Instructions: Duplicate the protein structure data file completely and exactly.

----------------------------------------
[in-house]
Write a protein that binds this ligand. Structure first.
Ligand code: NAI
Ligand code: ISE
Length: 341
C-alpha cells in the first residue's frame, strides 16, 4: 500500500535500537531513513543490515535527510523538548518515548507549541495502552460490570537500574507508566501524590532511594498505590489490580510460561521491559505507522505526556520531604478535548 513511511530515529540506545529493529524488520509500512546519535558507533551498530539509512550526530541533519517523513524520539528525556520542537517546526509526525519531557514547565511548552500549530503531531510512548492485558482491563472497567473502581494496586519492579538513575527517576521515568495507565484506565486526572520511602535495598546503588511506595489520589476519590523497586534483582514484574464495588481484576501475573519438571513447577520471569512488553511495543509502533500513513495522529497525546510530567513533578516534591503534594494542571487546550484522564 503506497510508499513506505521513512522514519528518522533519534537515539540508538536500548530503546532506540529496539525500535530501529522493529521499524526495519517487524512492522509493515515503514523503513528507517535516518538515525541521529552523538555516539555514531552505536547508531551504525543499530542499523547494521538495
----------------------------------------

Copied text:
[in-house]
Write a protein that binds this ligand. Structure first.
Ligand code: NAI
Ligand code: ISE
Length: 341
C-alpha cells in the first residue's frame, strides 16, 4: 500500500535500537531513513543490515535527510523538548518515548507549541495502552460490570537500574507508566501524590532511594498505590489490580510460561521491559505507522505526556520531604478535548 513511511530515529540506545529493529524488520509500512546519535558507533551498530539509512550526530541533519517523513524520539528525556520542537517546526509526525519531557514547565511548552500549530503531531510512548492485558482491563472497567473502581494496586519492579538513575527517576521515568495507565484506565486526572520511602535495598546503588511506595489520589476519590523497586534483582514484574464495588481484576501475573519438571513447577520471569512488553511495543509502533500513513495522529497525546510530567513533578516534591503534594494542571487546550484522564 503506497510508499513506505521513512522514519528518522533519534537515539540508538536500548530503546532506540529496539525500535530501529522493529521499524526495519517487524512492522509493515515503514523503513528507517535516518538515525541521529552523538555516539555514531552505536547508531551504525543499530542499523547494521538495